Every year, the media sends out the message that the end-of-the-year holidays are all about happy families, fun gatherings, and carefree times. However, the holidays are not one extended scene from a Hallmark Channel movie. Addiction and holidays often come into focus together when families gather and realize that someone is struggling with a substance use disorder or has relapsed. This provides a unique opportunity for loved ones to come together and help the person get treatment for their addiction and start the new year with renewed focus and health.
Holidays Can Trigger People With Addictions
Holidays can trigger a lot of people for a variety of reasons. Even in the best of circumstances, families that gather together can experience some discord. Groups of loved ones that already have their difficulties often tend to open old wounds when they get together. The resulting fights and fallout can make addiction and holidays a one-two punch that triggers a person’s drug or alcohol addiction to escalate or ends up with them relapsing.
Individuals who have lived away from their hometowns often return there at the holidays and find that differences between themselves and their loved ones become a battleground. Members of the LGBTQI+ community sometimes find they do not receive full acceptance from family and friends back home. These days, differences of opinions related to politics and the pandemic often put people at odds with each other.
People who host holiday events and out-of-town guests in their homes often find the work expected of them to be overwhelming. The pressures of being perfect hosts and laying out a spread worthy of Martha Stewart can trigger their urges to drink or use drugs. Not everyone has a reliable, loving community to join for the holidays, making loneliness a real issue for millions. All of these types of situations can cause a temptation to abuse drugs or alcohol as a way of coping. Even for someone in strong recovery from their addiction, relapsing sometimes happens when they face difficulties over the holidays.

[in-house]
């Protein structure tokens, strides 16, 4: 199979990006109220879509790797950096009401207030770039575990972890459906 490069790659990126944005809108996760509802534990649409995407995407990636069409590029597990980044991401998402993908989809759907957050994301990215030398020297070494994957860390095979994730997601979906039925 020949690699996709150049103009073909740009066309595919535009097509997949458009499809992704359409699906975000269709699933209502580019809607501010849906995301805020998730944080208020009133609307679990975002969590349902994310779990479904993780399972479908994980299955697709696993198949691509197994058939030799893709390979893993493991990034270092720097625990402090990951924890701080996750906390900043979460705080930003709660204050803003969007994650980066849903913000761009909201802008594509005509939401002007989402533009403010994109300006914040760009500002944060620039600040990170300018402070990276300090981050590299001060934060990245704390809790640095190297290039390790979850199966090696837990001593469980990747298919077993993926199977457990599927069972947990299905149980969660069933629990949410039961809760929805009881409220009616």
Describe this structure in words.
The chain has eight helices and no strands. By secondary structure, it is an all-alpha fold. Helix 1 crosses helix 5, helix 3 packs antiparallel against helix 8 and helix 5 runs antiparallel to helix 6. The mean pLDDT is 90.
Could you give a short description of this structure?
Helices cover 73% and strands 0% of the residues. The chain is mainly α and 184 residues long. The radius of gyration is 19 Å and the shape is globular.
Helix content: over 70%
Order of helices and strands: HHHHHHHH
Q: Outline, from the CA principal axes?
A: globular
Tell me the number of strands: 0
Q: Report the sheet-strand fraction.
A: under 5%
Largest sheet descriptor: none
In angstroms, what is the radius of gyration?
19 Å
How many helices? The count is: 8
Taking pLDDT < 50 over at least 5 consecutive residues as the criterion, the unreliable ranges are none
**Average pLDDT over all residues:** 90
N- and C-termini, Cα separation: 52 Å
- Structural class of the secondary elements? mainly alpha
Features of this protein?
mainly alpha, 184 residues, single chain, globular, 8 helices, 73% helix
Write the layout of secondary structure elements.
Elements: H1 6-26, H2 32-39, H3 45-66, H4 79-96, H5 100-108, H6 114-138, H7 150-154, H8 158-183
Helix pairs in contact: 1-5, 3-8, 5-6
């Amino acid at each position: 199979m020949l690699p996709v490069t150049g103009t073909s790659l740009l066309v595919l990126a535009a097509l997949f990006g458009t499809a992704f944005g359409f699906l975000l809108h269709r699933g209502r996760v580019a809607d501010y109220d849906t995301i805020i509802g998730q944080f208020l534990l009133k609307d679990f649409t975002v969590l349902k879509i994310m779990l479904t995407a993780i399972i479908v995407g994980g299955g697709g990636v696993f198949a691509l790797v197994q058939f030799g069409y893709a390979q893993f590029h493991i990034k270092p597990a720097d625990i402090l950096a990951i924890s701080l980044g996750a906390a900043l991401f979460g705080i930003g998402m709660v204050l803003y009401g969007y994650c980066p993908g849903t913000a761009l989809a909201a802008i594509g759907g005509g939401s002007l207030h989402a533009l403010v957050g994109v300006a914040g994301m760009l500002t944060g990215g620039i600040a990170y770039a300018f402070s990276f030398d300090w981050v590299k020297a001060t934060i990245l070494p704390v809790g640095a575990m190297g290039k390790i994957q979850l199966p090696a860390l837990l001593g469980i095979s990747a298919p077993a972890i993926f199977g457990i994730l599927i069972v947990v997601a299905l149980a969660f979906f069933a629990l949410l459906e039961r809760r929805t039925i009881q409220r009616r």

Why Addiction and Holidays Are Even More Difficult This Year
So many people have experienced vast amounts of isolation during the pandemic that it has taken its toll on them in many ways. Remaining homebound and not being able to enjoy in-person contact has taken a real toll on people worldwide in relation to their mental health and the use or abuse of drugs and alcohol. A recent survey showed startling results from respondents related to the pandemic that include:
- 40.9% experienced at least one adverse mental or behavioral health condition
- 30.9% experienced symptoms of anxiety disorders or depressive disorders
- 26.3% experienced trauma-related and stressor-related symptoms
- 13.3% increased or began substance use to cope with their stress and other negative emotions
- 10.7% seriously considered suicide in the previous 30 days
While vaccines have been widely distributed and many parts of society, including restaurants, shops, and offices, have reopened, the fallout from the pandemic continues. Those struggling with a substance use disorder during this time that has relapsed or feel at risk of relapsing should explore their options for treatment immediately.
Treatment centers typically have plans to keep their facilities safe and clean, and they understand how to treat those for whom addiction and holidays prove to be a dangerous and potentially deadly combination.
Pairing Treatment for Addiction and Holidays Makes Sense
A person who will be surrounded by loved ones during the holidays can enjoy an advantage that they don’t have the rest of the year. They can ask for help planning needed treatment in order to take some of the burdens off them. Family and friends can volunteer to make phone calls regarding treatment, determine financial availability, and provide reassurances that the person will be successful in becoming sober. Loved ones can offer practical help, such as packing for a residential stay, doing laundry, and arranging things like childcare or pet care.
For someone who will be alone during the holiday season, it can be the perfect time to devote the extra days off to seeking addiction treatment. Being among trained clinicians and other people newly invested in recovery can provide a cushion that will make their experience with addiction and holidays be the jumping-off point to getting better, rather than a lonely time of year that might cause their addictions to worsen.
Even if a person is in strong recovery, knowing the holidays come with a risk of relapse makes it a smart move to look for follow-up treatment to ensure they stay strong in their sobriety. Many outpatient facilities offer an array of programs that can help those at risk of relapse avoid throwing away the hard work they’ve done to stay in recovery.
Addiction Treatment During the Holidays
If you or someone you love realizes that drug or alcohol addiction has taken over your life, make the end of the year holiday season the time you take charge of your health. We provide year-round treatment for substance use disorders and mental health, allowing you to start the new year living a sober life. We offer multiple types of therapy and programs that help our clients leave addiction behind and start 2022 with a clear head and a full support team behind them. Contact Launch Centers in Los Angeles today and make this the season that you turn your life around. Call us or visit our admissions page today.